how to stay informed {disaster prep day 2}

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Are You Ready Today’s action step is to purchase a battery powered radio and spare batteries (or you may be able to get a wind up one), bookmark various disaster information services and double-check the types of emergencies that may affect you.

It can be frightening to shelter in your house without any idea of what’s going on around you, whether you’re in direct danger, whether you need to evacuate or even if it’s safe to leave.

It can be even worse if a disaster has struck and you had no idea it was coming.

And so it’s important to stay informed – to be aware of impending dangers and also to stay informed with up-to-date information during an emergency.

There are many ways to stay informed these days, but it’s still important to keep a battery operated radio in case you have a power outage or mobile phone networks and internet connections are damaged.

Connecting to local services now and investing in a radio will mean you can be informed prior to and during and emergency.

1. know What potential emergencies can affect you

Check your local council website for their disaster management plans, warning systems, evacuations procedures, evacuation routes and centres and make sure you understand them.

Natural disasters that may affect you are floods, fire, cyclone, severe storms and earthquakes. Know which ones can affect you.

Don’t forget  to consider other potential emergencies. Chemical spills, localised fire, power-outage, contagious illness (remember how people were quarantined for the swine flu a few years ago?), service disruptions (the 2000 UK truck strike, for instance, that nearly bought entire country to a stand-still – no trucks means no food!) are just a few potential emergencies that you should prepare for.

And remember, even if you’re not directly affected by natural disaster, flood and fire could see you cut off from supplies, so you need to take that into consideration too.

2. Tune in

A battery powered radio will ensure that you stay informed, even if the power goes out.

Find out your local stations as well as your local ABC station, write these stations on a label and stick it to the radio for easy reference.

Know what the Standard Emergency Warning Signal sounds like. If you hear it, you need to listen carefully to the information given and then act immediately.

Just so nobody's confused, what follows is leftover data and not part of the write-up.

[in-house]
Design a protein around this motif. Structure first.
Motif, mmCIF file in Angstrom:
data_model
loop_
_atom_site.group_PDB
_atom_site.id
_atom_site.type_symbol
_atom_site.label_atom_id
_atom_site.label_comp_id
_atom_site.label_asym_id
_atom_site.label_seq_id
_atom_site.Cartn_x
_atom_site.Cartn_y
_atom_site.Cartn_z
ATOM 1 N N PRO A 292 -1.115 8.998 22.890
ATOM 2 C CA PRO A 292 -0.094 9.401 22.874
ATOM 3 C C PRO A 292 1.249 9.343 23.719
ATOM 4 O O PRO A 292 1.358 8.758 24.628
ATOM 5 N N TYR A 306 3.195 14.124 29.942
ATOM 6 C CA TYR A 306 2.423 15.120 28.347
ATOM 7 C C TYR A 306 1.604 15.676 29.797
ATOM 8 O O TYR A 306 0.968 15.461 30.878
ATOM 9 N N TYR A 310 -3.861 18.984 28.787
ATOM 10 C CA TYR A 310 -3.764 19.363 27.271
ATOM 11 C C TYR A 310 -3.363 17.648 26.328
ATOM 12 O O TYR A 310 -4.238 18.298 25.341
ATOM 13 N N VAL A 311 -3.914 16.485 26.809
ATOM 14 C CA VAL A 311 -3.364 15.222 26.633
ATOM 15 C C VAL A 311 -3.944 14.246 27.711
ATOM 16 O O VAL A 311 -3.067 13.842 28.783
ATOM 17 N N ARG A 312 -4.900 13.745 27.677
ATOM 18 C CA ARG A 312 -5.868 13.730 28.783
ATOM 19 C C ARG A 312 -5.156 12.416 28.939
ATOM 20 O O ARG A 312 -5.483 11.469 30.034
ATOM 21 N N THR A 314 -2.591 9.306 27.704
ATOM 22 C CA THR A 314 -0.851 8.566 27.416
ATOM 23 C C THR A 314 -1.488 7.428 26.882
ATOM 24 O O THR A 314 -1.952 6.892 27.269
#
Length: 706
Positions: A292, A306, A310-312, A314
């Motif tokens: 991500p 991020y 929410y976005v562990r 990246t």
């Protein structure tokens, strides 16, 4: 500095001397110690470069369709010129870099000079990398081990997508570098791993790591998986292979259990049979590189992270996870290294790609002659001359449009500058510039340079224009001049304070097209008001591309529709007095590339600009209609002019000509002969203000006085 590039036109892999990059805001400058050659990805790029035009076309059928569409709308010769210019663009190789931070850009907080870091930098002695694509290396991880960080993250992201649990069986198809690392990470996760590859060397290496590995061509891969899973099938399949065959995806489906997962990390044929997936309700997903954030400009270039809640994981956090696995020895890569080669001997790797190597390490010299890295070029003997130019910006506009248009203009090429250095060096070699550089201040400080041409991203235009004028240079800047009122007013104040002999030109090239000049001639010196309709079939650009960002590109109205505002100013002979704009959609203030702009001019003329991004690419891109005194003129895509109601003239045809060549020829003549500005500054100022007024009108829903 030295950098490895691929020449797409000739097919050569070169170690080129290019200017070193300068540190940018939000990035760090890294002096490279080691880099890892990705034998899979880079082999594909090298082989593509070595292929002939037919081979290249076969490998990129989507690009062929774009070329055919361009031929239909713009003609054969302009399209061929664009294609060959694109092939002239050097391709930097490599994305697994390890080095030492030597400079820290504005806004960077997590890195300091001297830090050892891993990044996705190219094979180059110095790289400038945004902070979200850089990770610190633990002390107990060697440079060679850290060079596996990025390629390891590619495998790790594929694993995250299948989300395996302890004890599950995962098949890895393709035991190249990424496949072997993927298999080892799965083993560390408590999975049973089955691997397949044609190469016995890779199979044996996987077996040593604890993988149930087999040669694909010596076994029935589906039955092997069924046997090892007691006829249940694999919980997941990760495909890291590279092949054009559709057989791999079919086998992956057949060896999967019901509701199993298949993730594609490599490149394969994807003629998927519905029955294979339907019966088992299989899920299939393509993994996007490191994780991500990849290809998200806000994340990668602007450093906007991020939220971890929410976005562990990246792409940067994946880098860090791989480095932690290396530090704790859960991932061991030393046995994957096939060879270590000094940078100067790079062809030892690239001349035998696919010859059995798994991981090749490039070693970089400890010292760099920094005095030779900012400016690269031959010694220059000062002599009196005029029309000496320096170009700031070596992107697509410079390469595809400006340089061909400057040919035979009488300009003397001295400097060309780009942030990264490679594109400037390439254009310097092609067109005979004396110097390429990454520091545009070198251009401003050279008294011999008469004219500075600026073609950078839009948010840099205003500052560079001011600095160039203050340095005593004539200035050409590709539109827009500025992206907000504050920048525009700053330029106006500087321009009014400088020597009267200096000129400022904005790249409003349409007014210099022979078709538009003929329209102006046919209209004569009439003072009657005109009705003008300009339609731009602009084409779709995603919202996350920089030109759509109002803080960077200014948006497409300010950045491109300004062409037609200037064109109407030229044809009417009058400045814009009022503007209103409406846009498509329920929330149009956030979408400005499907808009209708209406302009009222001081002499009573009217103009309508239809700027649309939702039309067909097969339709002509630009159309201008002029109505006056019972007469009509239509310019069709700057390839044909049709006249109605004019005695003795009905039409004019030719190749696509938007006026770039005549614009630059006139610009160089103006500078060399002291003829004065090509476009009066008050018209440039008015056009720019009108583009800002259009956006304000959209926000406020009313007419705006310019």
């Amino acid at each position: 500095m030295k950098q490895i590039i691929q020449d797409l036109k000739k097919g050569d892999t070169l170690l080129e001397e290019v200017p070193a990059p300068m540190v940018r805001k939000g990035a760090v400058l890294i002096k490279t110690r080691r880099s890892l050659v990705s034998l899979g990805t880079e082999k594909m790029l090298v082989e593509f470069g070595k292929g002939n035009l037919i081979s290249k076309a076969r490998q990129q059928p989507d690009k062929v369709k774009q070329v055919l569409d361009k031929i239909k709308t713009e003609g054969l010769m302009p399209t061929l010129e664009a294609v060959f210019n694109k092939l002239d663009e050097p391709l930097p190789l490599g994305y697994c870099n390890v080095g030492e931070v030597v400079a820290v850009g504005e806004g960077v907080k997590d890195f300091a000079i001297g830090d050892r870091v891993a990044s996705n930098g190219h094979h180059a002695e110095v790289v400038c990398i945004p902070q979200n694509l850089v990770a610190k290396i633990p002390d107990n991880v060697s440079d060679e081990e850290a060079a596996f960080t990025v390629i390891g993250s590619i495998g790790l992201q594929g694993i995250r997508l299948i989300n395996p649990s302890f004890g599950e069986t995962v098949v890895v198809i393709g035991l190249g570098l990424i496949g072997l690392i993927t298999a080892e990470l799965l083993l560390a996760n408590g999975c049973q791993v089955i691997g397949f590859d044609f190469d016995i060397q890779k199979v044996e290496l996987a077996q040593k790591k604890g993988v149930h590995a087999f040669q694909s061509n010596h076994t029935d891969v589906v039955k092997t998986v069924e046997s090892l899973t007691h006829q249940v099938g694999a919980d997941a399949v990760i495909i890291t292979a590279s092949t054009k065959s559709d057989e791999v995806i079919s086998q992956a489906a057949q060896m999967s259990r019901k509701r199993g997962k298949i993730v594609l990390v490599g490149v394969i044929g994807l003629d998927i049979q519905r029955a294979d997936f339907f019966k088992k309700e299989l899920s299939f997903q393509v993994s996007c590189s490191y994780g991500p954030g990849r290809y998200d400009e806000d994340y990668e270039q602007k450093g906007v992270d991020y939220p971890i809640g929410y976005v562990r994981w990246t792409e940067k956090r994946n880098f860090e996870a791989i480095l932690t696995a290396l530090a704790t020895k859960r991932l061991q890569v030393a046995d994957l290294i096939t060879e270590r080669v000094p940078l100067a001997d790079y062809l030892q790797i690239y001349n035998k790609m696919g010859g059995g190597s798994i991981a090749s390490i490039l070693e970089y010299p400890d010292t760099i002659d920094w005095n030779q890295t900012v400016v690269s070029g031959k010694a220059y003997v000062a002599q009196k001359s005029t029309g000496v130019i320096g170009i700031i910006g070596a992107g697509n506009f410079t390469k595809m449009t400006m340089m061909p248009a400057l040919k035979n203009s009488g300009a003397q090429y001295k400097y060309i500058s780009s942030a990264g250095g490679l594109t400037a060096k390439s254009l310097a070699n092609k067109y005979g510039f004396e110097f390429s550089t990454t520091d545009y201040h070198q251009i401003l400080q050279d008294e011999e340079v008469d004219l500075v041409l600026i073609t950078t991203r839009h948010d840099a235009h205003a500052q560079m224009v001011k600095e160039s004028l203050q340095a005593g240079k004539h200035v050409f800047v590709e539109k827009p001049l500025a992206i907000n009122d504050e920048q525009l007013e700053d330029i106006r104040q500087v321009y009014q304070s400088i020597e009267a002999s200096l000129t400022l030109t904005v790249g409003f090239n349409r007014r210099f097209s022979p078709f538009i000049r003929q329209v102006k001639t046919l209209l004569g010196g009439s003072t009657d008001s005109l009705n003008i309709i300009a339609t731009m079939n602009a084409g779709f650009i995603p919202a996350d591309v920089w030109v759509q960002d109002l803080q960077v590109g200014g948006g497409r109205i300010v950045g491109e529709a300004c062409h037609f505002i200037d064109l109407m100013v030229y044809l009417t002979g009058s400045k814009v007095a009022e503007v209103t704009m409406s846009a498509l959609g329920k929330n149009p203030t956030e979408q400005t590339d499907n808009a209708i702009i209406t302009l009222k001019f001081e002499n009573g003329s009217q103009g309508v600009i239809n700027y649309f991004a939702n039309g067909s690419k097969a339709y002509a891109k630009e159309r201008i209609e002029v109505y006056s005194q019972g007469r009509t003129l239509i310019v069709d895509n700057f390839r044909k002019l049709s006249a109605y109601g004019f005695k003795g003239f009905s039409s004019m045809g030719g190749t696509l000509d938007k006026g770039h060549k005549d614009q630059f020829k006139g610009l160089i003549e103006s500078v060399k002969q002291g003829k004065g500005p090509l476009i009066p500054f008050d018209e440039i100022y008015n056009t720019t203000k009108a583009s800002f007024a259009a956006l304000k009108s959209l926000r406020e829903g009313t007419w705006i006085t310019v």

Store your radio in an easily accessible place and don’t forget to keep spare batteries with your radio. A zip-lock bag is a good way to store it all together. Don’t store the batteries in the radio.

Your local TV station and news is also a good source of emergency information, so if the power is on, stay on your local station for updates.

3. Essential websites to bookmark

Essential websites to bookmark include:

  • The Bureau of Meteorology website
  • Your local council’s website
  • Your state disaster management service
  • Your state’s emergency services (SES) website
  • Your local roads and traffic authority (for road closures)
  • Your local energy distributor (for information on power outages. This is not the energy provider that sends you the bill, although they may also have relevant information.)
  • Your state’s fire and rescue service website
  • Your local newspaper website
  • Local public transport website (if you catch public transport)

Having these websites bookmarked and readily available makes it easy to get the information you need during an emergency.

3. Essential Facebook pages to follow

Facebook can be really useful for keeping up with what’s going on. If you have a smartphone it’s a good idea to get a phone charger that can run off your car battery or even a wind-up charger so that you can stay informed.

However, don’t rely on your phone only. Natural disasters can cut mobile phone and internet services, so a phone doesn’t replace a radio.

Some useful Facebook pages include:

  • Your local and state SES page
  • Your local and state fire and rescue page
  • Your local council
  • Your local paper / news service
  • Your local energy distributor
  • Local storm watch groups
  • Local community groups (sometimes word of mouth is quicker than official channels but not necessarily accurate)

4. Emergency Alerts

During an emergency, you may receive a telephone alert via landline.

If you receive an emergency alert telephone call, you need to listen carefully and take the required action promptly.

Again, don’t rely on receiving an emergency alert, phone lines can be damaged. Take responsibility for yourself to stay informed via other channels.

Information is key to protecting yourself, your family and your belongings in an emergency. Have you taken steps to stay informed in the event of an emergency?


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